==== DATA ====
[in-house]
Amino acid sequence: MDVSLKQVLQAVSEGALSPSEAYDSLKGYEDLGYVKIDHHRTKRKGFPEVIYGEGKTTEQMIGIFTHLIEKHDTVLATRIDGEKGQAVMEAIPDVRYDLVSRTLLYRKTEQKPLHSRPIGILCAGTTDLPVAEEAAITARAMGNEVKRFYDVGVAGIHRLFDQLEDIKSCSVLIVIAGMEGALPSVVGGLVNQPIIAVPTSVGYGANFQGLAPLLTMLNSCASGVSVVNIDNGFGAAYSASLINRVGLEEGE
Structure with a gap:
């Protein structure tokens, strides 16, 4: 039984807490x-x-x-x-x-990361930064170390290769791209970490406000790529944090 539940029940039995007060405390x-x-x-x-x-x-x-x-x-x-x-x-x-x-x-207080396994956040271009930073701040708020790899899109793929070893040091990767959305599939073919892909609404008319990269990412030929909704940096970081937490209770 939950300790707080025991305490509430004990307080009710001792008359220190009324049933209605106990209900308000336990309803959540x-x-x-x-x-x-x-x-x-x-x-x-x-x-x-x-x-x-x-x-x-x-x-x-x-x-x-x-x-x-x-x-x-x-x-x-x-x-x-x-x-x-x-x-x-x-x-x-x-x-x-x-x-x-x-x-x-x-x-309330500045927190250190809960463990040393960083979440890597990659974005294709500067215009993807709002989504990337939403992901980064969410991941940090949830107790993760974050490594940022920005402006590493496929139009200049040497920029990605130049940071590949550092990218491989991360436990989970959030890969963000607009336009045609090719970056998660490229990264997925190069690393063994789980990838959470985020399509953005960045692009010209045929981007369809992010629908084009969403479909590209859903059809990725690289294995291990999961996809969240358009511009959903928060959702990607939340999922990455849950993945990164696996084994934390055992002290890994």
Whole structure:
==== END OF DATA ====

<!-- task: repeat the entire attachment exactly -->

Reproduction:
[in-house]
Amino acid sequence: MDVSLKQVLQAVSEGALSPSEAYDSLKGYEDLGYVKIDHHRTKRKGFPEVIYGEGKTTEQMIGIFTHLIEKHDTVLATRIDGEKGQAVMEAIPDVRYDLVSRTLLYRKTEQKPLHSRPIGILCAGTTDLPVAEEAAITARAMGNEVKRFYDVGVAGIHRLFDQLEDIKSCSVLIVIAGMEGALPSVVGGLVNQPIIAVPTSVGYGANFQGLAPLLTMLNSCASGVSVVNIDNGFGAAYSASLINRVGLEEGE
Structure with a gap:
């Protein structure tokens, strides 16, 4: 039984807490x-x-x-x-x-990361930064170390290769791209970490406000790529944090 539940029940039995007060405390x-x-x-x-x-x-x-x-x-x-x-x-x-x-x-207080396994956040271009930073701040708020790899899109793929070893040091990767959305599939073919892909609404008319990269990412030929909704940096970081937490209770 939950300790707080025991305490509430004990307080009710001792008359220190009324049933209605106990209900308000336990309803959540x-x-x-x-x-x-x-x-x-x-x-x-x-x-x-x-x-x-x-x-x-x-x-x-x-x-x-x-x-x-x-x-x-x-x-x-x-x-x-x-x-x-x-x-x-x-x-x-x-x-x-x-x-x-x-x-x-x-x-309330500045927190250190809960463990040393960083979440890597990659974005294709500067215009993807709002989504990337939403992901980064969410991941940090949830107790993760974050490594940022920005402006590493496929139009200049040497920029990605130049940071590949550092990218491989991360436990989970959030890969963000607009336009045609090719970056998660490229990264997925190069690393063994789980990838959470985020399509953005960045692009010209045929981007369809992010629908084009969403479909590209859903059809990725690289294995291990999961996809969240358009511009959903928060959702990607939340999922990455849950993945990164696996084994934390055992002290890994």
Whole structure: